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The cost base for most of the auto sold within the Continental European market was the Japanese Yen. As the Yen rose against the Euro, costs increased significantly when measured in Euro terms. If Toyota wished to preserve its price competitiveness in the European market, it had to absorb most of the exchange rate changes, suffering reduced or negative margins on both completed cars and key subcomponents shipped to its European manufacturing centers. Deciding to manufacture the Yaris in Japan had only exacerbated the problem.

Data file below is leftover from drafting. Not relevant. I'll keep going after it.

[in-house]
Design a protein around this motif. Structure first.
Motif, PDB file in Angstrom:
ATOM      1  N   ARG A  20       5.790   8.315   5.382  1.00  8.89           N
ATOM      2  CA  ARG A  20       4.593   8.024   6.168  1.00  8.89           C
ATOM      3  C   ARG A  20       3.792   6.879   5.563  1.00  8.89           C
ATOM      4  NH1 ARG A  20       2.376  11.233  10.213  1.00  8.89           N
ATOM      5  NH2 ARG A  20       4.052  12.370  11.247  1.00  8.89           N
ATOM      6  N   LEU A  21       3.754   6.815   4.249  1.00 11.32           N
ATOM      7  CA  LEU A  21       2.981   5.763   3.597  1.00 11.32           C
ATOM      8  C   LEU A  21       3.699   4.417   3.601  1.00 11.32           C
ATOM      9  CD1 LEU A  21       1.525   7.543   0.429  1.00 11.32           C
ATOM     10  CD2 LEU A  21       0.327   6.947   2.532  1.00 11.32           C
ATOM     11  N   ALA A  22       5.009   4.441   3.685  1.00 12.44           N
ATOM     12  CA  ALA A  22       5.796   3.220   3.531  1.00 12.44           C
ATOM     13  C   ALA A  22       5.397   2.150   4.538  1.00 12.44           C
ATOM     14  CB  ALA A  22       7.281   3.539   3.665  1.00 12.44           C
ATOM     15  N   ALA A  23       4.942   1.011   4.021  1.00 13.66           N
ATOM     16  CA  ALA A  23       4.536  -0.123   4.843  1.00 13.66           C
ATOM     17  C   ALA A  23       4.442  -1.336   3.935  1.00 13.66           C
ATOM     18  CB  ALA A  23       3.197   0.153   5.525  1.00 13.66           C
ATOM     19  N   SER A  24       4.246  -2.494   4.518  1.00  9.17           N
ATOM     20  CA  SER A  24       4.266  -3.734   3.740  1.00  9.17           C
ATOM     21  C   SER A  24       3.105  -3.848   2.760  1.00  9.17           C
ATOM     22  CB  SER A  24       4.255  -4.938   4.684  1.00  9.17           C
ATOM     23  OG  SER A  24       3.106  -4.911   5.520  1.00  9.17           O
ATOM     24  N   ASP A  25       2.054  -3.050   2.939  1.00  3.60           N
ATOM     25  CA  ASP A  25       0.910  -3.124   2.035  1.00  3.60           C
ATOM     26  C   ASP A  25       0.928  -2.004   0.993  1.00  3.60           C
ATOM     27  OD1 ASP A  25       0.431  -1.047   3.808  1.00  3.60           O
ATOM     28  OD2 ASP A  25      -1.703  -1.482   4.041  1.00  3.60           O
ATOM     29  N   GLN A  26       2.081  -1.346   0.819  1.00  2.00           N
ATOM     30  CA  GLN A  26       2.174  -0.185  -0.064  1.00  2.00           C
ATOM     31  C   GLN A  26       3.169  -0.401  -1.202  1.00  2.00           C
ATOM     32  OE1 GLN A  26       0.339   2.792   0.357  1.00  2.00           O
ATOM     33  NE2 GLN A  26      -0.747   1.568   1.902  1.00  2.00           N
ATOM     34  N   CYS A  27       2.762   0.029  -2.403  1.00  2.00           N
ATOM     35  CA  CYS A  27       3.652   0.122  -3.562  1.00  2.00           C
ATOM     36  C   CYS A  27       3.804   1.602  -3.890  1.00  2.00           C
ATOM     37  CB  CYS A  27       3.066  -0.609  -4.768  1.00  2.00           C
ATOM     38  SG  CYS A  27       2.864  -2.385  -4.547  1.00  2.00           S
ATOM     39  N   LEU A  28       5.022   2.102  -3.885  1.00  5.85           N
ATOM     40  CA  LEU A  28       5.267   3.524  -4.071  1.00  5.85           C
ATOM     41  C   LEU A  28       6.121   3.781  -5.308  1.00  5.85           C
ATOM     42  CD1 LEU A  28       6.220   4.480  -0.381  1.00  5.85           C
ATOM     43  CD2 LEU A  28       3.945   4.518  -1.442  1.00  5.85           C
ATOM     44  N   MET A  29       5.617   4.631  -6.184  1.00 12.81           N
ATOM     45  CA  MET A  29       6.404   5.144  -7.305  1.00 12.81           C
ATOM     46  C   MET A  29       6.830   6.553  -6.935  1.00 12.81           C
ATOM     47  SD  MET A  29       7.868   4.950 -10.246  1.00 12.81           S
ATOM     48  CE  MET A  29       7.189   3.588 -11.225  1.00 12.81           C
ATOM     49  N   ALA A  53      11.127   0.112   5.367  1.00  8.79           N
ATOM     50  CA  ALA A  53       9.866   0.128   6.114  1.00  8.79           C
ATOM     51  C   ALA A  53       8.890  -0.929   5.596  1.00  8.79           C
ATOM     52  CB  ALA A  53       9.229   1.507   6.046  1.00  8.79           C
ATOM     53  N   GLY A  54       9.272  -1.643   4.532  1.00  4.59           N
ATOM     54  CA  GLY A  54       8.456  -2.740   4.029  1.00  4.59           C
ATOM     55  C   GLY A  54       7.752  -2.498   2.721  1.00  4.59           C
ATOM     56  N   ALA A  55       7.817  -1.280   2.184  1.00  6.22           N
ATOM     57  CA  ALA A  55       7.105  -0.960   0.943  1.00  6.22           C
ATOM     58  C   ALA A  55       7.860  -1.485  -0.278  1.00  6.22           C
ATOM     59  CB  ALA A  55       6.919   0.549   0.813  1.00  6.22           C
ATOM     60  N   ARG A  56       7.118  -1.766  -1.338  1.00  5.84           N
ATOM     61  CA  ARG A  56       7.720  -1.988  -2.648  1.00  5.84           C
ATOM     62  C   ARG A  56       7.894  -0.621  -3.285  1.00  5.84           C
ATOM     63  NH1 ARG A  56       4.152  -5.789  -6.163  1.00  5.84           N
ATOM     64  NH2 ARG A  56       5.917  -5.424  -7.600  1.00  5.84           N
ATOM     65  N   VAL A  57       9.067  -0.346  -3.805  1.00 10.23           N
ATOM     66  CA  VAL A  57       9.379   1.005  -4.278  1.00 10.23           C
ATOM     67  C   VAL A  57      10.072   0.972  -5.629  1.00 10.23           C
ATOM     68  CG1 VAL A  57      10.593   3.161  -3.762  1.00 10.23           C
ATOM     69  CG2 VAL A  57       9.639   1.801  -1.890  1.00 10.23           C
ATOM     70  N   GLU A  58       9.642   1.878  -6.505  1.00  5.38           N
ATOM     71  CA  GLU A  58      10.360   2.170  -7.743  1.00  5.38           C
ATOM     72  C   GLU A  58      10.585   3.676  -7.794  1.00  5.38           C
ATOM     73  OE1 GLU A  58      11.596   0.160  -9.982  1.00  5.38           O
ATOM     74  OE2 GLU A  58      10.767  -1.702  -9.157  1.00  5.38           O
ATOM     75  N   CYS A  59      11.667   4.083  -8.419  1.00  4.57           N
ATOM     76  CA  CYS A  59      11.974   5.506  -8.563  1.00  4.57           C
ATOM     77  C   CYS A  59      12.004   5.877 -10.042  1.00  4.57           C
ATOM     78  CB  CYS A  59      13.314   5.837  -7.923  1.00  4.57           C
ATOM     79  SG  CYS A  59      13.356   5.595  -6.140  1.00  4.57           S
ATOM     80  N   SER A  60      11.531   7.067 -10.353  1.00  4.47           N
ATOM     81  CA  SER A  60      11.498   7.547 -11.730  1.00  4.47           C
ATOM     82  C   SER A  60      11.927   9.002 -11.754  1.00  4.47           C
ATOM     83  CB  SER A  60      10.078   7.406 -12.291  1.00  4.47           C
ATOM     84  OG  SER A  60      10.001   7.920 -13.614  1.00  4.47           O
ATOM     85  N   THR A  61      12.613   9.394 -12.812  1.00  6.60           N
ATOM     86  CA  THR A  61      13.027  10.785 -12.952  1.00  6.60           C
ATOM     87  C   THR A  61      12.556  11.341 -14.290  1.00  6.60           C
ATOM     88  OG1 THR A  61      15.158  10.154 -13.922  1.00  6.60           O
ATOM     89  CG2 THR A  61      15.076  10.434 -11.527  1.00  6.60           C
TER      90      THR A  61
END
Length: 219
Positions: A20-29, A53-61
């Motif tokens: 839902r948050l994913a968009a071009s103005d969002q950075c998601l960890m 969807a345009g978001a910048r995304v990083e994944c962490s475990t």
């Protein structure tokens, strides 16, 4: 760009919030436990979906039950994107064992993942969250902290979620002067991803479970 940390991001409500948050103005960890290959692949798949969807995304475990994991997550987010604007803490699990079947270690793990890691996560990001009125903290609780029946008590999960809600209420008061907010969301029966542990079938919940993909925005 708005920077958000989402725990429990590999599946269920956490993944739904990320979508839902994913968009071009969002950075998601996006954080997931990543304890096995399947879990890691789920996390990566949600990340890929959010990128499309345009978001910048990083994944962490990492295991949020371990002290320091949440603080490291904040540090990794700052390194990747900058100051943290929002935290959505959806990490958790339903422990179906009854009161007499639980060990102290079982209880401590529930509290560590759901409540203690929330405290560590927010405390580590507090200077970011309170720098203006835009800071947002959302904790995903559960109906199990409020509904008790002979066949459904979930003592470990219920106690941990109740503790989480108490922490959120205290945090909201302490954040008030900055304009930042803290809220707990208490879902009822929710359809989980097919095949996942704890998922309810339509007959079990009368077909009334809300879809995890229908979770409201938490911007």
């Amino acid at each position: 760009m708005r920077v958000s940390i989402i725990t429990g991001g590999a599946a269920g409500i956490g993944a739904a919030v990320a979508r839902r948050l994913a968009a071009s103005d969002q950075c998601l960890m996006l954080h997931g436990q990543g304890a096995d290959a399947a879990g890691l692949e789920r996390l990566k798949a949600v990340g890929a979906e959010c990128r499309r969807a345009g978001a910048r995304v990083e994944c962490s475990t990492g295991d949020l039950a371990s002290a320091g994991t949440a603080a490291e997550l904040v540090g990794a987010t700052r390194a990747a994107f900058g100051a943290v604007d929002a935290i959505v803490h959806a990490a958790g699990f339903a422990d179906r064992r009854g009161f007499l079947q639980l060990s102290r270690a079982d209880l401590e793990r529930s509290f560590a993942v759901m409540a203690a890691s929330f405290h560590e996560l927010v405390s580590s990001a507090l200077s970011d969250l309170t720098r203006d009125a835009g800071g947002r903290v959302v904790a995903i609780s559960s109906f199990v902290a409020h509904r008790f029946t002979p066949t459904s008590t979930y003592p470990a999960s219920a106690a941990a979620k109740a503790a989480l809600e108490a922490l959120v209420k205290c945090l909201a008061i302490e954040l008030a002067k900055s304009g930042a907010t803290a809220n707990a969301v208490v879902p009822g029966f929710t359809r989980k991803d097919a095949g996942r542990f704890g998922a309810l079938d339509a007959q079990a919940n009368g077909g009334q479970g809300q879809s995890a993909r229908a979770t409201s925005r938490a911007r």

Toyota management was not sitting passively by. In 2001, they had stared up some assembly operations in Valenciennes, France. Although Valenciennes still constituted a relatively small percentage of total European sales as of January 2002, Toyota planned to continue to expand its capacity and capabilities to source about 25% of European sales by 2004. Assembly of the Yaris was scheduled to be moved to Valenciennes in 2002. The continuing problem, however, was that it was an assembly facility, meaning that much of the expensive value added content of the autos being assembled was still based in either Japan or the United Kingdom.